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I do not think you can compare a 22LR gun to a 17HMR. Its not fair. The 17HMR is far superior to the 22LR in many ways, and in other ways, the 22LR is far superior to the 17HMR. Not just talking about ballistics here...

I will say this - it is very hard to rationalize NOT getting a 22LR as a first rifle. They generally are not very expensive to buy or to feed.
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Old 04-14-2013, 2:38 PM
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Quote:
Originally Posted by Barry View Post
Not knowing what your son plans on using the rifle for is an issue.

If plinking/target and using ammo in large quantity, then I'd go 22LR
If hunting at distance, the 17 is quicker, flatter but more expensive to feed.

Barry
This^^. That is my only gripe about the .17 is the cost compared to .22lr. As a range linker, .22 is the way to IMO.
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  #15  
Old 04-14-2013, 5:27 PM
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.22lr: Good for plinking, hunting small critters out to 75yds, excellent target shooting plaform with the right rifle and match ammo that it likes.

.17HMR: Blows up small critters out to 125yds unless head shots, ammo too expensive for plinking unless you have deep pockets, excellent target platform with the right rifle and and ammo that it likes, ammo not much more expensive than good match .22lr ammo.

As has been said, it comes down to the use of the rifle. I have seven .22lr firearms, one .22WMR and one .17HMR (most accurate 100yd rifle), each for its own purpose.

If I could only have one rimfire rifle it would be a .22lr.
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Old 04-14-2013, 9:43 PM
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Quote:
Originally Posted by Izzy43 View Post
If I could only have one rimfire rifle it would be a .22lr.
This.
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Old 04-15-2013, 8:43 AM
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After two years shooting a CZ 452 Varmint in .17HMR I've decided I've satisfied my curiosity and would be willing to part with it. Great guns, but the cartridge leaves me a little cold. Flat shooting and accurate it's a good choice for varmints, but not small game (tends to explode the little critters, the.17H2 is a better choice here). For plinking and target shooting it's too expensive.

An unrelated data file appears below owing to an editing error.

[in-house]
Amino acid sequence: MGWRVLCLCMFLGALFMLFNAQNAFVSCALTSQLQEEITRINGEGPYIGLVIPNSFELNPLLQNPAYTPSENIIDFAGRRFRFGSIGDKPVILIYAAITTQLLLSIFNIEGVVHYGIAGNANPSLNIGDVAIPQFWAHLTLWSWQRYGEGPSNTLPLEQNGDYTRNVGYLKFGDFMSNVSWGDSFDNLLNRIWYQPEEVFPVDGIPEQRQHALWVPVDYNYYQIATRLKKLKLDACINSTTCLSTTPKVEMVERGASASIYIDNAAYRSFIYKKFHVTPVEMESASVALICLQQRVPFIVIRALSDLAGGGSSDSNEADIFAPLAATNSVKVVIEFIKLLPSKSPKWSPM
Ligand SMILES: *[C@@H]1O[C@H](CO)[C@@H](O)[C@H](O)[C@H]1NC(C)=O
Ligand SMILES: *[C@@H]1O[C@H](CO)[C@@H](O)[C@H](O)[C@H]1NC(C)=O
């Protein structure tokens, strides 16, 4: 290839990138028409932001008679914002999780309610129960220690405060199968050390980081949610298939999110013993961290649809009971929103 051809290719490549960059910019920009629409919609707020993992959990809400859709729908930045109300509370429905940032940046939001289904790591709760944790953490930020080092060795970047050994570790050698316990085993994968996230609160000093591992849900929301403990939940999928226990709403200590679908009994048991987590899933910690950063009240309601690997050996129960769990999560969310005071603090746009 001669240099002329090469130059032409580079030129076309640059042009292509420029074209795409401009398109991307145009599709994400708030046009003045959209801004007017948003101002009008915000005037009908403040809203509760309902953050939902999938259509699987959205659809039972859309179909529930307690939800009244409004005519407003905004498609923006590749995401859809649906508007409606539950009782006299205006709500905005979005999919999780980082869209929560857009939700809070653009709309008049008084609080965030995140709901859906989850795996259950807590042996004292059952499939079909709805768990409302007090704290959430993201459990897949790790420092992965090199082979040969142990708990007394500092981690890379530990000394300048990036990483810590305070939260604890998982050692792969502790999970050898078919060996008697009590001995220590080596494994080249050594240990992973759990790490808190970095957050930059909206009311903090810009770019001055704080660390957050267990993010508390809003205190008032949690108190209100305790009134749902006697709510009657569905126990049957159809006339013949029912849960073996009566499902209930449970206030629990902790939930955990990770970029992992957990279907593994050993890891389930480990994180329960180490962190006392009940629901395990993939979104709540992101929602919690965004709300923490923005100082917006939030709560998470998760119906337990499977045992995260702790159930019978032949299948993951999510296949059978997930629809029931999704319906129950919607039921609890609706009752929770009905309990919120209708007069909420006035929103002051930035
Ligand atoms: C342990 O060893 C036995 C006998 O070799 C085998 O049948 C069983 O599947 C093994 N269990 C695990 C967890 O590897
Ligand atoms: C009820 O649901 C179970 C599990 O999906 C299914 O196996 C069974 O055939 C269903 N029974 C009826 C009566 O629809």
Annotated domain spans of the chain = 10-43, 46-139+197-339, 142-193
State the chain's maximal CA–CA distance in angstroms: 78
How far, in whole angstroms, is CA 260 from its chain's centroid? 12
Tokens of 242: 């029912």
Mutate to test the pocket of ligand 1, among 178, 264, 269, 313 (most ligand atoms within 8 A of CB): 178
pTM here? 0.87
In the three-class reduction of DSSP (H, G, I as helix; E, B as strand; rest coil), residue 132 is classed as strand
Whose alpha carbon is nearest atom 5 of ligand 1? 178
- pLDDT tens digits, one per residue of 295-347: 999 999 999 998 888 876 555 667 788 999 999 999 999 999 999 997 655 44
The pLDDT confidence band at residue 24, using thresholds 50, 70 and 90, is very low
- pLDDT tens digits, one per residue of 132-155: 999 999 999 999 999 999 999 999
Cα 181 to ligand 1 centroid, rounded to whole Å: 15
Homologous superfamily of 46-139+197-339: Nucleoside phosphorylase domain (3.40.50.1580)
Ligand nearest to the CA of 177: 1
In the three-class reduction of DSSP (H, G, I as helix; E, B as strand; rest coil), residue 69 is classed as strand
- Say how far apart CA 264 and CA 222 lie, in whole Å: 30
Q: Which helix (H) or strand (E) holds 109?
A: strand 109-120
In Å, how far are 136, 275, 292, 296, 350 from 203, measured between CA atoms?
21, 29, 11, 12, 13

First rimfire rifle? .22 LR no contest.
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Old 04-15-2013, 8:03 PM
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Got A 10/22 for my first gun as a 21 year old this time last year. I just bought a savage 17 last month. 22 uses are cheap lead slinger, variety of ammo brands and varients, semiauto, parts available on the aftermarket. Cons: in stock form less accurate at 50 yards than my 17 is at 100 yard. Knockdown power of the 22 is lame. The savage 17 came with a great trigger stock, shot a 3 shot .5 inch group at 100 yards, blows squirrels apart at shorter ranges and more than takes care of them past 100.(I got one at 125 yards Saturday in the neck and it dropped instantly.) I've shot squirell a at 100 with a 22 rarely but they typically get to a hole. For a first rifle I'd get the 22 as it is exciting to be able to shoot as much as possible, plus u will always have that gun to shoot when he can't afford to shoot when he can't afford to shoot his next gun anymore. After a year of shooting and shooting 3 times a month in every type and caliber I get more joy out of tight groups at 100 than I do slinging lead. Because of that I prefer th 17 as it shoots better groups than my m1a, ar, howa, 700, and 22's. figure out exactly what you want and go with that. If I were you I'd strongly recommend a 17 at some point even if you do decide to get a 22 first.
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Old 04-16-2013, 7:35 AM
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It appears most will say get a .22 for your first rifle. I’d have to agree to that. Especially now that firearms and ammo is so costly.

Regarding the use of each. What I read here pretty much is what I find. I am out on a ranch with no worries of missing and the round hitting anything else but dirt. There is a lot of open flat acres and hundreds of squirrels. The 22 is excellent up to 75 yards and ok to 100 yards. The 150 yard shots for me anyway takes no wind, adult squirrel and a bipod. The same goes foe the .17 out to 250 yards. I never thought of shooting those distances until this year. And then I found out all it takes is practice and a scope like the Nikon Rimfire with the reticles or graduations in it to make the long shots much easier. I was amazed when I shoot the .22 at real long shots like 250 yards how far it reaches out with a little adjustment to the trajectory. That is a stretch but fun for target practice with so ay squirrels.